This is also a city where we only have to scratch the surface a little to find some
extraordinary gems. St Philip’s Cathedral, for example, appears small from the outside
by most cities’ standards. Yet, inside, are the four fabulous jewelled-
In Birmingham’s Museum and Art Gallery we gaze in awe at the largest public collection
Sophie, my teenage daughter, is stunned in to silence for once by the tales told by our guide about the days when the museum was Smith and Pepper’s factory. The most disturbing story concerns the woman who used to make the tea here. She also used to keep a jar of potassium cyanide on her desk as part of her gilding and electroplating work. In case you don’t already know, this horribly poisonous stuff looks just like sugar. ‘Not a lady to get on the wrong side of, then!
As we learn about the bans on turn-
Birmingham Museum and Art Gallery has to be one of the best museum and art galleries
that I have ever been in. Past the 40 or so galleries of magnificent paintings, 2000-
It’s fascinating to see a drawing from around 1800 showing the Bull Ring with a modest water pump, jumble of small shops and market stalls and, in the centre, the iron ring. The artist, Samuel Lines, described the area as being “choked with filth.”
I read a rather poignant ode about the relentless progression of development in Birmingham, albeit written in 1825. The author, William Dobbs, was reflecting on how the city used to look.
“There’s hardly a single place I know and it fills my heart with grief and woe, for I can’t find Brummagem.” he lamented. If only he could see his city now!
During our long weekend in Birmingham we jump from past to present and to the future
– and back again – with alarming speed. The Thinktank Birmingham Science Museum is
Sophie’s idea of paradise, with loads of experiments and buttons to press. We spend
ages building our own ‘alien’ to withstand life on different planets. There are thought-
As he serves our lunch, our waiter at the Birmingham Marriott Hotel tells me how
he likes to buy 1kg bars of Dairy Milk from the world’s biggest Cadbury shop at Cadbury
World in Bournville and dunk the squares in peanut butter. We’d been discussing just
how many chocolate bars and tastings we’d enjoyed as we toured Cadbury World that
morning (rather a lot and mostly by Sophie!). When I tell him that we are about to
visit the Back to Backs – the city’s last surviving court of houses built around
a communal courtyard – his reaction is; “Ooh, there’s an amazing old-
Fish – succulent sea bass this time – is on the menu again on our last night, at cosy Del Villaggio in Broad Street and the next day as part of our four course Sunday brunch at the Hotel du Vin in the former eye hospital in Church Street. We’re told to take as much time over brunch as we like – and don’t we need it! Sophie passes over the fresh seafood and crustacea amid the artistic centrepiece of charcuterie and salads which provide the second course. Perhaps it’s something to do with having got very close to 2000 or so marine creatures, including Hammerhead Sharks and an enormous turtle at National SEA LIFE Birmingham earlier in the day.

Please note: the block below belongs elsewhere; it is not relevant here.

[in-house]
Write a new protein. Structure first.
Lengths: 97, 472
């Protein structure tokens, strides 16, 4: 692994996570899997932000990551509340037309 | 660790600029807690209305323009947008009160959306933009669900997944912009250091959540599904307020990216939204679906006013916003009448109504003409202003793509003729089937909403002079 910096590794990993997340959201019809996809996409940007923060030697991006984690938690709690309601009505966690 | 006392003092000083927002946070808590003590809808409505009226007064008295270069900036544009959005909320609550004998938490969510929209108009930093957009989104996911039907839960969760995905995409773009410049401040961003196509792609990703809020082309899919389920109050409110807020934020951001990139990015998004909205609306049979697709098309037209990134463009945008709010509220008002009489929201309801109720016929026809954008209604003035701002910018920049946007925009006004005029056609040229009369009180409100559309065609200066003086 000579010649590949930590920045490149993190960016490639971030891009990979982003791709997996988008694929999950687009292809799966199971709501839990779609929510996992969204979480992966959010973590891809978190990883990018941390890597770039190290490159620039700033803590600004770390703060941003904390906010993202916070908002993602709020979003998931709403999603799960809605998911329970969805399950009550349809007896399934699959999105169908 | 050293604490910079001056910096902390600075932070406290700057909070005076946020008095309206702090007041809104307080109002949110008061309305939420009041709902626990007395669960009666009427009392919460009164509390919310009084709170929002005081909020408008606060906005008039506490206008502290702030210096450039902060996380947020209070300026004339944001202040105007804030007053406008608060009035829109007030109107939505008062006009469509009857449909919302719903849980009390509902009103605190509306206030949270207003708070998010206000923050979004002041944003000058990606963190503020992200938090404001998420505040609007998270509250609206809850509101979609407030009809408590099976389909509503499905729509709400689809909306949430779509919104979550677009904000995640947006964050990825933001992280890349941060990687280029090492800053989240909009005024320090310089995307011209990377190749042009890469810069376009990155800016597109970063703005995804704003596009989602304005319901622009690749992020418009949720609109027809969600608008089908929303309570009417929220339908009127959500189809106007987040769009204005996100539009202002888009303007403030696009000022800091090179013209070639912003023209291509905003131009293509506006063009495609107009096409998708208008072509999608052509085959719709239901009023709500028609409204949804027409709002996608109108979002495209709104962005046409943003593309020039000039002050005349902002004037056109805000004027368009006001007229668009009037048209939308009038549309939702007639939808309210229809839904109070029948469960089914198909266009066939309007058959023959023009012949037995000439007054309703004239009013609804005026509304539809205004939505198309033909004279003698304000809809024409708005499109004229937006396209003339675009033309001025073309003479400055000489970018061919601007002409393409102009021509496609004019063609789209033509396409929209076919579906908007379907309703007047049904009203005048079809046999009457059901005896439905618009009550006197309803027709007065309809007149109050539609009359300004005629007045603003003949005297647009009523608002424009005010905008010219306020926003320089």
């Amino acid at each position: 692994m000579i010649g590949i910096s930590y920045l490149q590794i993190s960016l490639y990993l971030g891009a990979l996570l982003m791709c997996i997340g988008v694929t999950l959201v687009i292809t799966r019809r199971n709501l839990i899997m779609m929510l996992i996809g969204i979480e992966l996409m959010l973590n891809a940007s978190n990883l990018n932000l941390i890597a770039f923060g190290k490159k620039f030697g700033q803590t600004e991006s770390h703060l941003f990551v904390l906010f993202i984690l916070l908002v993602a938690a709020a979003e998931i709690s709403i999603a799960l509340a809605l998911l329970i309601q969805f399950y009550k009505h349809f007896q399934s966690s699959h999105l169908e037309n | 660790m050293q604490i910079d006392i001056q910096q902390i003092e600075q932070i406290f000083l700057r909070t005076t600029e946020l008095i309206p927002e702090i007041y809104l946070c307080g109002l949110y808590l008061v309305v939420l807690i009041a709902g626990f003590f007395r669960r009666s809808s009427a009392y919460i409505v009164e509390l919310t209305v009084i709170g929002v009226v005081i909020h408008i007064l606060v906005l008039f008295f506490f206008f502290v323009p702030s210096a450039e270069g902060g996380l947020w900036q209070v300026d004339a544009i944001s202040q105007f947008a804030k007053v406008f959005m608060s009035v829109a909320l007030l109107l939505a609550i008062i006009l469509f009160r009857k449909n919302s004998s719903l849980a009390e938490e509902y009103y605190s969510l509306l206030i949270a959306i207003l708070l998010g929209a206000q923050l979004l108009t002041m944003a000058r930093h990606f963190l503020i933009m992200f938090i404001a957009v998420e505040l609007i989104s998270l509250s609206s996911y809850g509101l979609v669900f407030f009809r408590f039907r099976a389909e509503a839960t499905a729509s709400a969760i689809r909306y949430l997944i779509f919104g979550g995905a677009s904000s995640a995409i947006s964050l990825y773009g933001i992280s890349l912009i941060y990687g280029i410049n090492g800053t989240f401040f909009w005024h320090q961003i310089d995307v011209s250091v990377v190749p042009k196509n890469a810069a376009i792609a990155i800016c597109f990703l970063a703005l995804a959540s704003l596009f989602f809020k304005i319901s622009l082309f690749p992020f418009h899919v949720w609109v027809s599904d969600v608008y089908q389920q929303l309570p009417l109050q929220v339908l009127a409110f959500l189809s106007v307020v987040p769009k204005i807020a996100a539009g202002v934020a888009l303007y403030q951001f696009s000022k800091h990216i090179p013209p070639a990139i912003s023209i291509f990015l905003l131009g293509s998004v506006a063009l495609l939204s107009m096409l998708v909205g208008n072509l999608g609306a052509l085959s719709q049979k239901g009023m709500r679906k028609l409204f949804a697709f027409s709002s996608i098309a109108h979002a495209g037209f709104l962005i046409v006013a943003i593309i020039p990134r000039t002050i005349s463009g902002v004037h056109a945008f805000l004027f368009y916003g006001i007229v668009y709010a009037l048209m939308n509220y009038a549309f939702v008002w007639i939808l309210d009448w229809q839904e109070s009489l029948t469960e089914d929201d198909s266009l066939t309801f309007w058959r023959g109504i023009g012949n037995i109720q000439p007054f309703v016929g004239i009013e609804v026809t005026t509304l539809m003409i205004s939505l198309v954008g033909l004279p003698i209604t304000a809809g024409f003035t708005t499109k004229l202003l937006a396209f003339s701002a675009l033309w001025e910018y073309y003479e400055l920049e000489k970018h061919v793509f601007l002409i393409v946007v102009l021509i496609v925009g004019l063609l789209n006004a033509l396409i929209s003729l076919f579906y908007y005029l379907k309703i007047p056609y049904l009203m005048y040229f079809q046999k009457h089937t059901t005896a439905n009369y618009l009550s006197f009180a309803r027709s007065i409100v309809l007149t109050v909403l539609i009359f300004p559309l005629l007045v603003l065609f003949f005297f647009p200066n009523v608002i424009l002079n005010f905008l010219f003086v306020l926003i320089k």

Centuries ago the people of Birmingham used to bait bulls with dogs for fun. Apparently it made the animals’ meat more tender. It seems that peoples’ main occupation nowadays is shopping or sipping coffee in the Bull Ring, the swish centre built around the spot where the bulls were once tethered. Close by is the Birmingham Rag Market, where, I’m told by a friendly local, you can “get anything” and “things you didn’t even know that you wanted”.
This makes me recall a visit to the Bull Ring back in my schooldays. For years I’d harboured this vision in my head of Birmingham as a grey and grim concrete city centre surrounded by subways. Now that illusion is well and truly shattered. The ‘kaleidoscope’ city has shown me far more enticing views.
WORDS: Helen Werin
PHOTOGRAPHY: Robin Weaver
Birmingham’s a curious city to behold. It’s a bit like a kaleidoscope, constantly
changing. At first glance, it’s a sea of cranes, building sites, factories and some
ugly 1960s/70s concrete monstrosities. But a few twists and turns here and there
show grand Victorian buildings, among them the neo-
To truly appreciate the eclectic character of Birmingham we explore some of the towpaths of the city’s 103 miles of canals; in fact, there are more miles of canals here than in Venice. Our route skirts vast malls packed with every type of restaurant imaginable and across impressive squares with fountains, statues and colonnaded halls.
My initial impression? This is a city which doesn’t stand still for a minute. There’s something either going up, coming down or going on around every corner. Locals must go away on holiday and have a few surprises when they get back.
Brindley Place and the Birmingham Canal
* Birmingham Marriott Hotel, 12 Hagley Road, Five Ways, Birmingham, England B16 8SJ. Tel: 0121 452 1144, www.marriott.com
* There are lots of free things to do besides those mentioned, including lovely parks
and free concerts and events at the Town Hall and Symphony Hall throughout the year.
FOR MORE INFORMATION
* www.bmag.org.uk (museums)
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